Performing Primary School Dance: Pluses & Pitfalls

Performing dance in Primary/Elementary classrooms can be an exciting and positive experience.  But like all good lessons or projects in schools you need to plan for success.

Many children and adults have very adverse experiences with performing.  This includes speaking, singing, or dancing in front of an audience.  But it is possible to create a lasting positive memory for children that will encourage them to become confident communicators in a range of contexts.

Performing Primary Dance

What are the best ways for children to perform dance in school?

Scaffolding children’s dance performances is important for building their confidence about showing work.  Always start by having children perform as a larger group rather than in smaller or solo performances.  This allows children to develop gradually, identifying strategies that will support them when they are ready to perform on their own.

There are three steps to unfolding this faith in their own ability.

Firstly, have them perform for peers as a part of the development of the choreography.  This gives them a chance to try out their performance skills in a familiar and supported environment.

Secondly, try performing for a familiar audience.  This could include another class in the school, their family or even on a school assembly.

Thirdly, they may then be ready to perform for an unknown audience.  This could be at a community event like a fete or fair or even as a part of larger celebration within your area.

In preparation for this try performing for another class, it could be a different age group that is unknown to the children.  Ensure that the class you choose are familiar with audience etiquette.  You could also have a word bank to assist in reflecting on the children’s dances. To assist with this your class may like to write a program or to explain their dance before or after the performance.

Performing Dance in Primary School

What choreography should you use for children to perform?

Teachers often feel confronted by having to create movement for students to perform. However, even if you are an inexperienced dancer, you can still design your dance to show what your children understand about performing dance. This does not require previous dance experience, but you need to plan to teach what it is you will be assessing or the learning outcomes you are trying to achieve.

If you are genuinely confronted by the thought of having to make up a dance, you can combine the performance task with a student choreography assessment.  Students creating their own pieces are often enthusiastic to perform for others.

So, is it better for children to perform teacher devised work or their own choreography?  Performing self-choreography combines the internal life of the child with their external selves. It gives them ownership over the whole of their creative product and enables them to see a creative project through to its very end point.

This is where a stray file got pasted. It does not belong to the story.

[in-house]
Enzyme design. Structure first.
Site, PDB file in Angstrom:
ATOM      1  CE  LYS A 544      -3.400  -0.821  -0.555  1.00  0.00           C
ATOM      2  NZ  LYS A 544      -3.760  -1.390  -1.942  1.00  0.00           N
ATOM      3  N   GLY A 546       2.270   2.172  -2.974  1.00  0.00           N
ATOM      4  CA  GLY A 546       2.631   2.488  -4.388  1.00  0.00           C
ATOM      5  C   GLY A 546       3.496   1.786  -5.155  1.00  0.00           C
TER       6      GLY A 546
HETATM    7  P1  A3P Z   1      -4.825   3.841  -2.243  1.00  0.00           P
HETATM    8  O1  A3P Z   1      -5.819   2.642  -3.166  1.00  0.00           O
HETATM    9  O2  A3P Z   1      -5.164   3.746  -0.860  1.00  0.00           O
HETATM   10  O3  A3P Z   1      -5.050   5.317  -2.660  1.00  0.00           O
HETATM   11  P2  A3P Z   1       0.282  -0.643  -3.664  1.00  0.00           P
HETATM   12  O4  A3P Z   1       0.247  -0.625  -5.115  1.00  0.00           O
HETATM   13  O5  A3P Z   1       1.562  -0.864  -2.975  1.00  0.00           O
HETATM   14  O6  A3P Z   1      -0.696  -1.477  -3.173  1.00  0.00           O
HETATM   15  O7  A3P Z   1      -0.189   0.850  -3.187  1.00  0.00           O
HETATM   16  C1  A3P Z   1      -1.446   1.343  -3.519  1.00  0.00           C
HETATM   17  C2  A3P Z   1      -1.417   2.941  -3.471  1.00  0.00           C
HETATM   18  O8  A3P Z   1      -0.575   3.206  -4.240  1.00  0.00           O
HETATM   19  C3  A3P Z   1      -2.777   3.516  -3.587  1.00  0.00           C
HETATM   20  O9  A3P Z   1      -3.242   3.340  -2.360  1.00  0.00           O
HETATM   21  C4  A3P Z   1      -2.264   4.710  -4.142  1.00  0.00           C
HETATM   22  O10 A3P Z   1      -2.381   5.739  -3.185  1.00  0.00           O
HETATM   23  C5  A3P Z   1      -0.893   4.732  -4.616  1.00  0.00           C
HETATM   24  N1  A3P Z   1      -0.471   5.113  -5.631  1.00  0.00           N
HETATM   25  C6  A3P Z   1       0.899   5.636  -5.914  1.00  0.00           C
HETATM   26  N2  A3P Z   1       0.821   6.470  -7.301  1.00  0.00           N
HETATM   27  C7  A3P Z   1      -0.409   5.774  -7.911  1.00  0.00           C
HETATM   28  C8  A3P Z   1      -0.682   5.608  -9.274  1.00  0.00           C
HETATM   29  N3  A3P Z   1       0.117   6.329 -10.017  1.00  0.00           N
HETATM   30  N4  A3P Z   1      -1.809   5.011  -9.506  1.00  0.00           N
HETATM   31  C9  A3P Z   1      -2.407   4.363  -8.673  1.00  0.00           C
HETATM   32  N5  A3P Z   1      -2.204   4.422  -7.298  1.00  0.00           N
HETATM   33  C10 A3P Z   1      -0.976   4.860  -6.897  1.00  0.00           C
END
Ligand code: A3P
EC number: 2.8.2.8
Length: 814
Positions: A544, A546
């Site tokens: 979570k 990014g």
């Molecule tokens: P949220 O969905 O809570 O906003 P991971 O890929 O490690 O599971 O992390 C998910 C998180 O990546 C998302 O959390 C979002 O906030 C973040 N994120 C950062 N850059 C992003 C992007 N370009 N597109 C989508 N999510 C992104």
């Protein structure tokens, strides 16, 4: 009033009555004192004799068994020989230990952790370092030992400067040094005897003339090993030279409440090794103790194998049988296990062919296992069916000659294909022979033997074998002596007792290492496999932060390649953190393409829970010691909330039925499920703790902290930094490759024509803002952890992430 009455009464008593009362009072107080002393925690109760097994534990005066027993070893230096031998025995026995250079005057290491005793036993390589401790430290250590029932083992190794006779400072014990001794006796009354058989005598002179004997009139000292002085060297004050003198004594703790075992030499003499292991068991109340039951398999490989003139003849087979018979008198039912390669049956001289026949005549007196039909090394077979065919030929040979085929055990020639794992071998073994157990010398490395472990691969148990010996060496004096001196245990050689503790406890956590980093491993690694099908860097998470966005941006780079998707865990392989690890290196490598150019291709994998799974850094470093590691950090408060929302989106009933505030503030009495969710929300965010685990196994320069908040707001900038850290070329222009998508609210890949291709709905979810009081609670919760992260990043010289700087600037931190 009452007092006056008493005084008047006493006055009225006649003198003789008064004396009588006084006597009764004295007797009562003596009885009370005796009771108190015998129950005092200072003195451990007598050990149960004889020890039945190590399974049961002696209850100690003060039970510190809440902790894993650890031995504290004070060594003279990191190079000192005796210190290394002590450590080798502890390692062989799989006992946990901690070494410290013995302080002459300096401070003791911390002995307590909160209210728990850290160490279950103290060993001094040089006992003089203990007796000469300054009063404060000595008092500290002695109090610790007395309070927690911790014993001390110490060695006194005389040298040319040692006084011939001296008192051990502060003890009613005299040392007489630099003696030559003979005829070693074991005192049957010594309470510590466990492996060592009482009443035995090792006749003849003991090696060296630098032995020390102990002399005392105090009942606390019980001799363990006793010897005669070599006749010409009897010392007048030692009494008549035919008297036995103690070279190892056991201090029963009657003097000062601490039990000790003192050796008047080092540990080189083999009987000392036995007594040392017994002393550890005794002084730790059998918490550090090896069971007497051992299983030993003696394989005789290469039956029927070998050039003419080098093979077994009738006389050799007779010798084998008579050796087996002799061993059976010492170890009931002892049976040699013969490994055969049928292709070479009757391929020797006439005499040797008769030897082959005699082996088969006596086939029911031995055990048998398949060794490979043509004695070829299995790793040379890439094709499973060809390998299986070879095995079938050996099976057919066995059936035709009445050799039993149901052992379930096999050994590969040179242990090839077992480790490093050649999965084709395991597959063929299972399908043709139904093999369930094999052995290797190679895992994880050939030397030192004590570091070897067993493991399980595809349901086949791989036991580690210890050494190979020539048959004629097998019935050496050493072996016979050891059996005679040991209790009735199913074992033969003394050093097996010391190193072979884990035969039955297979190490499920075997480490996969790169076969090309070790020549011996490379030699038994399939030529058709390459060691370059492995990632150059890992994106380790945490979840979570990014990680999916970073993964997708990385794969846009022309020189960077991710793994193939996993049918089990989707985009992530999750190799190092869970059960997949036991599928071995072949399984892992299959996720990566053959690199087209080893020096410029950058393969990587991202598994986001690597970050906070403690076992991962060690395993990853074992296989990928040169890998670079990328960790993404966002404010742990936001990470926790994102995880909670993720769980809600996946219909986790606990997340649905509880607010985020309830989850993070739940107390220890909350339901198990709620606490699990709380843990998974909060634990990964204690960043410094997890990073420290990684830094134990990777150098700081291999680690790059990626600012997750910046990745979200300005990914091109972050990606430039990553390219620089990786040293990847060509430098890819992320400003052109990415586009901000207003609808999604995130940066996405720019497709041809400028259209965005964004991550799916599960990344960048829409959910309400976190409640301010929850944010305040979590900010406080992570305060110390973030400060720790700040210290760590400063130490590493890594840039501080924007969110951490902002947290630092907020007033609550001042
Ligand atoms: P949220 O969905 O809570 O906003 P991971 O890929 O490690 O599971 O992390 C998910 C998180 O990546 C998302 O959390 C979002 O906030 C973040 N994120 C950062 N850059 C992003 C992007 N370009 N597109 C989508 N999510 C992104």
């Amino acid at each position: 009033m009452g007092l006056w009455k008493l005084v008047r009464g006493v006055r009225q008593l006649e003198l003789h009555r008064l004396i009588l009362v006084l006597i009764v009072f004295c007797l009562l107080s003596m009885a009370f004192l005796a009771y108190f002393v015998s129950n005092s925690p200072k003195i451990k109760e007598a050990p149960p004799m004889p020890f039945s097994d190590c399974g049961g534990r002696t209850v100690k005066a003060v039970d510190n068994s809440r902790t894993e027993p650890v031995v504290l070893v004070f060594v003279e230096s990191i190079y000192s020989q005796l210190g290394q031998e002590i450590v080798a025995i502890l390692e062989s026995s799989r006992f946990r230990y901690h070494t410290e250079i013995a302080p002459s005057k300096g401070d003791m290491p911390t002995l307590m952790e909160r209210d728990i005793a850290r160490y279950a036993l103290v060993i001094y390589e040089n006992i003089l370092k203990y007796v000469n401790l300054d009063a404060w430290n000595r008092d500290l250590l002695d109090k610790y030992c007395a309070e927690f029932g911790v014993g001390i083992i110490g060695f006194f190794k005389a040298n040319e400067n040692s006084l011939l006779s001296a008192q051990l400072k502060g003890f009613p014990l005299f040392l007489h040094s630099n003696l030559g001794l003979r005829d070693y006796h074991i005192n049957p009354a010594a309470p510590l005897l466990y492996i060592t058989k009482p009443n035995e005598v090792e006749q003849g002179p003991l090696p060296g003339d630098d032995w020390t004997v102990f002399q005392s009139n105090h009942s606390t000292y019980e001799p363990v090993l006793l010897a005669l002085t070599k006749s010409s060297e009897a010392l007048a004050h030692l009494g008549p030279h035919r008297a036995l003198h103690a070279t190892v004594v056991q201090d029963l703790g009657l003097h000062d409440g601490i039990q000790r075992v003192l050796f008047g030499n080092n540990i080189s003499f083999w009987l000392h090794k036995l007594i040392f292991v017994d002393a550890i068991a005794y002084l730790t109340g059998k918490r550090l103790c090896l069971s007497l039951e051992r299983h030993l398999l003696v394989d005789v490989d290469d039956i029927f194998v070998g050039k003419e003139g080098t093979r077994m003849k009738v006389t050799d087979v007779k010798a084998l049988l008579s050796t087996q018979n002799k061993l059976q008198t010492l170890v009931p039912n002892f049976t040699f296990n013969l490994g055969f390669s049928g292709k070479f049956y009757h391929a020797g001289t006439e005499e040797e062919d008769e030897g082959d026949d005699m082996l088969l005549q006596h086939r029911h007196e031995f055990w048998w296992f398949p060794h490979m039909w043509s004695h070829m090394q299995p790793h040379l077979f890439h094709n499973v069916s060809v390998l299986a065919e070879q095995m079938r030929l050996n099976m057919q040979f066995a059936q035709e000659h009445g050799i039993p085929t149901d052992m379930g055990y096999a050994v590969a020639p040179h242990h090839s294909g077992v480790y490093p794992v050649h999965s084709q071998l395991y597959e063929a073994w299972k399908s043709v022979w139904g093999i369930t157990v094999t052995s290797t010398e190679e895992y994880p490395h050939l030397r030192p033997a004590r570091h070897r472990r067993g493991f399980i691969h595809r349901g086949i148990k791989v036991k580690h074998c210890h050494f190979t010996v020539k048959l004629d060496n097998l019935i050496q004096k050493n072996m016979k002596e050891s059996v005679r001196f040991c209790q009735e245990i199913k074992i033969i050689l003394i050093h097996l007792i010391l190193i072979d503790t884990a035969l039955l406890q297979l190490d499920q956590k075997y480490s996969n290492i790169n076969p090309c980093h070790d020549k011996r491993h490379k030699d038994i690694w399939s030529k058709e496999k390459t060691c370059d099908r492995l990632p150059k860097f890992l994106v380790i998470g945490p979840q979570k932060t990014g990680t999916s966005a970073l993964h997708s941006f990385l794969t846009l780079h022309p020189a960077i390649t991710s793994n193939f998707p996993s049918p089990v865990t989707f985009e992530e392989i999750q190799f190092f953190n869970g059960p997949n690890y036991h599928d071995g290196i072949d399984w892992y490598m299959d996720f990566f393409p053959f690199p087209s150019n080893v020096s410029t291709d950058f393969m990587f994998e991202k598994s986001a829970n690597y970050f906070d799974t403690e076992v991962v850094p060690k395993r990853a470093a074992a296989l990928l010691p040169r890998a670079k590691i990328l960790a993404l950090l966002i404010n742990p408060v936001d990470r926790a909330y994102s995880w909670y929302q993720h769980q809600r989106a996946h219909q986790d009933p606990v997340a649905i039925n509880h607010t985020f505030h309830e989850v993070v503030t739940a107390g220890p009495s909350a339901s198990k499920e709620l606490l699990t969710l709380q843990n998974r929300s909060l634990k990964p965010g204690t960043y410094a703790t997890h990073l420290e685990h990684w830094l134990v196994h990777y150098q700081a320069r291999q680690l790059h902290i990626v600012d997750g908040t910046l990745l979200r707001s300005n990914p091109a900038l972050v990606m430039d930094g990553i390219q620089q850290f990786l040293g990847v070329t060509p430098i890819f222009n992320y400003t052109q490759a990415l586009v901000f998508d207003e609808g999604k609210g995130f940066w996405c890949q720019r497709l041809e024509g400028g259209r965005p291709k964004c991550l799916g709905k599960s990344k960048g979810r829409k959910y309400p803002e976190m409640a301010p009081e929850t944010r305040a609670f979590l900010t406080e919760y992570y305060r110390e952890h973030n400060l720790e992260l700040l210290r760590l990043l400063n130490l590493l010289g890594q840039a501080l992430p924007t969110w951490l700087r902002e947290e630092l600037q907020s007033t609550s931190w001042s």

However, performing other’s work requires skills that go beyond duplication of movement.  Teacher choreography can be designed to challenge student’s movement skills beyond what they are comfortable with, to extend their ability to use abstraction to portray ideas, and to be able to spend more time on the performative elements of dance.

Should I use choreography from You tube for dance performance?

You can use dance that has been choreographed on You tube specifically for children. This can be a good solution until you feel confident as a teacher to share your creative dance.  The disadvantage is that the choreography will not have been created to meet the specific needs of your project or criteria should you be using it for assessment.

Performing Dance in Primary School

For older students, you could also consider using a professional choreographer to come to your school and teach a dance.  If you are enlisting the assistance of a dance artist, it is always a good idea to have conversation about what outcomes you would like to achieve with your students.  Ensure the dance artist is using inclusive choreography that is culturally responsive and that the music is appropriate for the age group and the requirements of your school.

Guest dance artists in schools can show students ways in which the dance profession connects with community.  Giving the artist a clear brief that makes transparent the expectation for collaboration between teacher and artist is essential.


What are the Phases of dance performance in Primary school?